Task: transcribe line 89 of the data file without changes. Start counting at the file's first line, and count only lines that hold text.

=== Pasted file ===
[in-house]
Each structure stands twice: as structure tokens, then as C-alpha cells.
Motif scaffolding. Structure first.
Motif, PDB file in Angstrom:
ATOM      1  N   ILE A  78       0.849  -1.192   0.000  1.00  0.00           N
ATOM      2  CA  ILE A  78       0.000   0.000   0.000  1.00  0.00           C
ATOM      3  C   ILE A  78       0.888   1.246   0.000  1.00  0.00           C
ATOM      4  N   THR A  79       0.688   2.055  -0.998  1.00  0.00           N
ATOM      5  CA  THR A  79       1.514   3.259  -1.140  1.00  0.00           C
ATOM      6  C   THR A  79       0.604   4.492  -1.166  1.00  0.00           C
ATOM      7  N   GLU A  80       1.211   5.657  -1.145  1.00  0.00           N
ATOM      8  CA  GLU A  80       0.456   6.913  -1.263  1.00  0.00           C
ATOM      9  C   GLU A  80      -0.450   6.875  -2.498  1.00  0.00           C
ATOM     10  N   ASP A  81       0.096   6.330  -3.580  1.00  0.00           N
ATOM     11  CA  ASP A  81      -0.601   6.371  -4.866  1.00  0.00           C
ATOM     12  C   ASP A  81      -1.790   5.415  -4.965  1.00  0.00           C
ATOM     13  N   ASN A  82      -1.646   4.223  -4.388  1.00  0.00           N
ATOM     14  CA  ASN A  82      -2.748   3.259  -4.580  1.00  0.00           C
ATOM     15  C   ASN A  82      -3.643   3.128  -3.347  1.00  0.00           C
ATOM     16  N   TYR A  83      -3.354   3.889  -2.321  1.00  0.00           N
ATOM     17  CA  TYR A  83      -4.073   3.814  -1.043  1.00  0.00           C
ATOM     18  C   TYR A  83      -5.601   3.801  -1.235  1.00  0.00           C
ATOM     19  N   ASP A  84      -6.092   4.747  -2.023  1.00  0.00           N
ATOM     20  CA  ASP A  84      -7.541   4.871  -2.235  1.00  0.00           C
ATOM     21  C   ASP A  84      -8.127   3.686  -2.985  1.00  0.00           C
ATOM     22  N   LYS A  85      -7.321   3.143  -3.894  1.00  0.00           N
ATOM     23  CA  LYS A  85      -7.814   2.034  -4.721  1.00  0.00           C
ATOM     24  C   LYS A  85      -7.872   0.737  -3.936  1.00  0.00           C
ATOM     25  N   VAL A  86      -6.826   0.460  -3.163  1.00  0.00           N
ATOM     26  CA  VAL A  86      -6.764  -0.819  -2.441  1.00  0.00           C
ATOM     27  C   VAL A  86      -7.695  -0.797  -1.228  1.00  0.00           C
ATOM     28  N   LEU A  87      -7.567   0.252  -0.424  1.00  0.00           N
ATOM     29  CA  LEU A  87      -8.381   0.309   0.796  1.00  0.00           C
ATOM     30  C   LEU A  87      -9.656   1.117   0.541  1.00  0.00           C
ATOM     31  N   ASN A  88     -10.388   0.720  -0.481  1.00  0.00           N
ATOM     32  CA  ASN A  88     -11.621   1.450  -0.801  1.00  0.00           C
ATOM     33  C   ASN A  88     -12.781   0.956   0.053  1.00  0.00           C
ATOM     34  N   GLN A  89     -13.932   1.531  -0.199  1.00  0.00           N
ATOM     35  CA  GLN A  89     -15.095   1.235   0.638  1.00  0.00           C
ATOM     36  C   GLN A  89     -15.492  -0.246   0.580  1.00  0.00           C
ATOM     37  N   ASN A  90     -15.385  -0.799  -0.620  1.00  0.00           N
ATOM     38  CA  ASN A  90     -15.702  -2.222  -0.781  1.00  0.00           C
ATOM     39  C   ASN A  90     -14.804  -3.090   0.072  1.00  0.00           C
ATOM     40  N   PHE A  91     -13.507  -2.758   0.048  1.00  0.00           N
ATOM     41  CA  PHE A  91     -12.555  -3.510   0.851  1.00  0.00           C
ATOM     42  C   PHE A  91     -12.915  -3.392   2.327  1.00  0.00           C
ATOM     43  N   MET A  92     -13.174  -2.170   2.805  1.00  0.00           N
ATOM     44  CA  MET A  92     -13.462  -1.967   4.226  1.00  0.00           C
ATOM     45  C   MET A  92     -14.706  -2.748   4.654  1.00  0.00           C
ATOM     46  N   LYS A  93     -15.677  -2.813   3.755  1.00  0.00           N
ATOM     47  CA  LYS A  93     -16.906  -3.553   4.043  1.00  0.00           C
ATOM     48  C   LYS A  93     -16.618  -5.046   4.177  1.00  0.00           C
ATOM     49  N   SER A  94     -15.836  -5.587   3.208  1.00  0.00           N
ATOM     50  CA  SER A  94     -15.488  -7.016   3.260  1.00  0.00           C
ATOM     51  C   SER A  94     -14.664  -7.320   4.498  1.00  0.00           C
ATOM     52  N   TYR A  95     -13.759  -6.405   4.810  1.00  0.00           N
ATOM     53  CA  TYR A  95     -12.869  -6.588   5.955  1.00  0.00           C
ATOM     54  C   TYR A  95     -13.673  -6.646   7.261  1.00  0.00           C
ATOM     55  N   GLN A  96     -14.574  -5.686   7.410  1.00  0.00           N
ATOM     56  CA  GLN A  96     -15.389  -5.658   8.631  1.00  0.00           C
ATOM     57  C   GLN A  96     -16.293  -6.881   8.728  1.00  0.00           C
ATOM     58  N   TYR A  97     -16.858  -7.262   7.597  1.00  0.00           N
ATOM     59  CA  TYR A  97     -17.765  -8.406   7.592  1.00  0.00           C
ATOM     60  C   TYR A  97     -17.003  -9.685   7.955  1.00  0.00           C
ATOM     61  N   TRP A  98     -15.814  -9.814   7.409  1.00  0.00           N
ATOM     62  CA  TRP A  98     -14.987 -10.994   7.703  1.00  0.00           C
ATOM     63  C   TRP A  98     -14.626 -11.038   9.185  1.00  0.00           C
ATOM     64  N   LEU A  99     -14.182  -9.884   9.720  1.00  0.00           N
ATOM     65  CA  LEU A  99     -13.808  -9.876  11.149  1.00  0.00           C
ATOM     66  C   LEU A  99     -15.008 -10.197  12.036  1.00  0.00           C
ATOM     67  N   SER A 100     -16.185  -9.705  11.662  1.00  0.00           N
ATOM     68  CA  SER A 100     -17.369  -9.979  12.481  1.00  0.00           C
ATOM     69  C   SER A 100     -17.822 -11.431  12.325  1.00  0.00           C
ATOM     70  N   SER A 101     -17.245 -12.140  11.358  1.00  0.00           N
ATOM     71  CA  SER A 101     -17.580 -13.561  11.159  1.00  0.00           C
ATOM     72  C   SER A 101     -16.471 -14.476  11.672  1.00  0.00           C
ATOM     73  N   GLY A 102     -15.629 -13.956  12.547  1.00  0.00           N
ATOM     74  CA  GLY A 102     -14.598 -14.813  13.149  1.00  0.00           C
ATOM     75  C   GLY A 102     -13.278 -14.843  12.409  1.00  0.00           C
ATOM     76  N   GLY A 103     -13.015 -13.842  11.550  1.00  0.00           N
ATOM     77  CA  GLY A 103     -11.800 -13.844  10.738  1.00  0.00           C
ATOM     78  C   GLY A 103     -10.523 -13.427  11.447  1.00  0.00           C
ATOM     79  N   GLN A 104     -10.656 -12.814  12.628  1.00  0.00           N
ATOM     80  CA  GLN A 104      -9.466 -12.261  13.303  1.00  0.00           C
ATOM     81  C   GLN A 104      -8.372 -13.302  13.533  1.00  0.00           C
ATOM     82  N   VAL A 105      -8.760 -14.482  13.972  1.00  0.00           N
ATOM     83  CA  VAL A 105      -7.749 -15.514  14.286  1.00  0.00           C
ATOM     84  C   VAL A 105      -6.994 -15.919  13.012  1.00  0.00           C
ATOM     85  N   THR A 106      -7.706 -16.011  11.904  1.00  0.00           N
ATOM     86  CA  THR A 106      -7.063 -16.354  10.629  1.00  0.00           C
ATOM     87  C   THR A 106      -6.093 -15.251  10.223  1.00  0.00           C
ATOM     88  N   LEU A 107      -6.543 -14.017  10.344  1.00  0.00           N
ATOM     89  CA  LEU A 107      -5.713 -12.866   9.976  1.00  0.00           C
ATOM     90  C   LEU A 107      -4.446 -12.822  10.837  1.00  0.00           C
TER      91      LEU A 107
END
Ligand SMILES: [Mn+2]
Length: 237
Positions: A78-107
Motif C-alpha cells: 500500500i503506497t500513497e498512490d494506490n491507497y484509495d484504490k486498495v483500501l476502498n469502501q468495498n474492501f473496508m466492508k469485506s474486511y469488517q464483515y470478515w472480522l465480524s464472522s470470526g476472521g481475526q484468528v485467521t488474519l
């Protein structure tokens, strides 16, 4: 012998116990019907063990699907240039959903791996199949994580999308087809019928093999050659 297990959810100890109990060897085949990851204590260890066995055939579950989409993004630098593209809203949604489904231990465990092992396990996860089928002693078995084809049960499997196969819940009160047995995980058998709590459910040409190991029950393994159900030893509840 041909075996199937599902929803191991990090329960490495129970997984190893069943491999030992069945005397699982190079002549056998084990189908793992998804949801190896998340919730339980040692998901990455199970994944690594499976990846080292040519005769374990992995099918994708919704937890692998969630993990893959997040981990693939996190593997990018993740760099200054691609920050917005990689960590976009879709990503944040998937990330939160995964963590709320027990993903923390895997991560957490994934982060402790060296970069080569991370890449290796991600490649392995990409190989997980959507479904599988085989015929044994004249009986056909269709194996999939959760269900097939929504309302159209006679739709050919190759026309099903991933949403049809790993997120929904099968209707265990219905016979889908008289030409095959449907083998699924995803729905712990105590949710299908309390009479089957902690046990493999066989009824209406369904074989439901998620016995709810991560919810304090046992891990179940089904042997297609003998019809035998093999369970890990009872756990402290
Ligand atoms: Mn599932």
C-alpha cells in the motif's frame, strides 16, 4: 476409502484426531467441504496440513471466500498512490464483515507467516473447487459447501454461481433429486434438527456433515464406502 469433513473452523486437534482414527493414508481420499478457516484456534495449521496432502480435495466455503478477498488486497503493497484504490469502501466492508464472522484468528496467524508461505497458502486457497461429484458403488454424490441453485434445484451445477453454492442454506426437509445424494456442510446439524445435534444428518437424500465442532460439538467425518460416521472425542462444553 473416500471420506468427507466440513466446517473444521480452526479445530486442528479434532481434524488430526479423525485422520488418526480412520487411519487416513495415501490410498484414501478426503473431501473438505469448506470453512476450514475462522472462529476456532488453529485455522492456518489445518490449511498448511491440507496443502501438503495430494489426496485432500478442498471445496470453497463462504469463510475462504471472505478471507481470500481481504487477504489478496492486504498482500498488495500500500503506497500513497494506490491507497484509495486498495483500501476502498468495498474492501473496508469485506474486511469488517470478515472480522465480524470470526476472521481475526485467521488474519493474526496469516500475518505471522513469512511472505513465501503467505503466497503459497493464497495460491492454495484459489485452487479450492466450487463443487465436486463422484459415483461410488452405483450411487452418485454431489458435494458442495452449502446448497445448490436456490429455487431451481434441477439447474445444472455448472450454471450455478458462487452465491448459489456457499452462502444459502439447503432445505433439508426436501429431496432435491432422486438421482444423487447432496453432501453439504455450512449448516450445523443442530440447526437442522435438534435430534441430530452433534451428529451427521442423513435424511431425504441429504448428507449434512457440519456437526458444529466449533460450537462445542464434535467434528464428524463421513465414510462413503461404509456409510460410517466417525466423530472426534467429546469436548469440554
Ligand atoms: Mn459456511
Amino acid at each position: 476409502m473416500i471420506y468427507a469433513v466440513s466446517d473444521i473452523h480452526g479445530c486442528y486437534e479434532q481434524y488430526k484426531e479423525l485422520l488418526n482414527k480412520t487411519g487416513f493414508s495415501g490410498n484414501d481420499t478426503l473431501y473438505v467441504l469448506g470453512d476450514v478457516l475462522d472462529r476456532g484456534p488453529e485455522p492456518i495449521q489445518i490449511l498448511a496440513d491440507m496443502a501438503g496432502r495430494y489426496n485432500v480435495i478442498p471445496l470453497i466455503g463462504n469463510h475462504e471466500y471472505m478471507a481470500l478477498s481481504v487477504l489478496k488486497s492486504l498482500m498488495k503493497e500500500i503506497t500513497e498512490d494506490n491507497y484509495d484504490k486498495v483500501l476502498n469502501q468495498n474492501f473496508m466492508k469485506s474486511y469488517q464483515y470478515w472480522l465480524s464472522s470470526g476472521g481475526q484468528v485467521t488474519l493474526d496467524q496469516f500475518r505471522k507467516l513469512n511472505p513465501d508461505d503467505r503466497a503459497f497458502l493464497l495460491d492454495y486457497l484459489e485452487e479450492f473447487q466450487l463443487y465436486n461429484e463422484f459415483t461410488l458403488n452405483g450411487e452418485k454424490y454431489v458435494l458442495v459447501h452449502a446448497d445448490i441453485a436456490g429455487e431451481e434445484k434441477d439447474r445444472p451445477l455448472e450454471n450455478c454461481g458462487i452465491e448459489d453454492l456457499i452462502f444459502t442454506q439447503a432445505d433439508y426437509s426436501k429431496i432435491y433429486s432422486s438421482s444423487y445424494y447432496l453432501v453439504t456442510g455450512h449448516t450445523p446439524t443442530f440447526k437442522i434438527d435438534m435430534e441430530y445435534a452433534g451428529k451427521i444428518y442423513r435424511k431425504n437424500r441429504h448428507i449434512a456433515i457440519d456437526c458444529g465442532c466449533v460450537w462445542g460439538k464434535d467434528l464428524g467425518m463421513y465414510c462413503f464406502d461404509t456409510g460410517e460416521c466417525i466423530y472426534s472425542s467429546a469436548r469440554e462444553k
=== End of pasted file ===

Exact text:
ATOM     85  N   THR A 106      -7.706 -16.011  11.904  1.00  0.00           N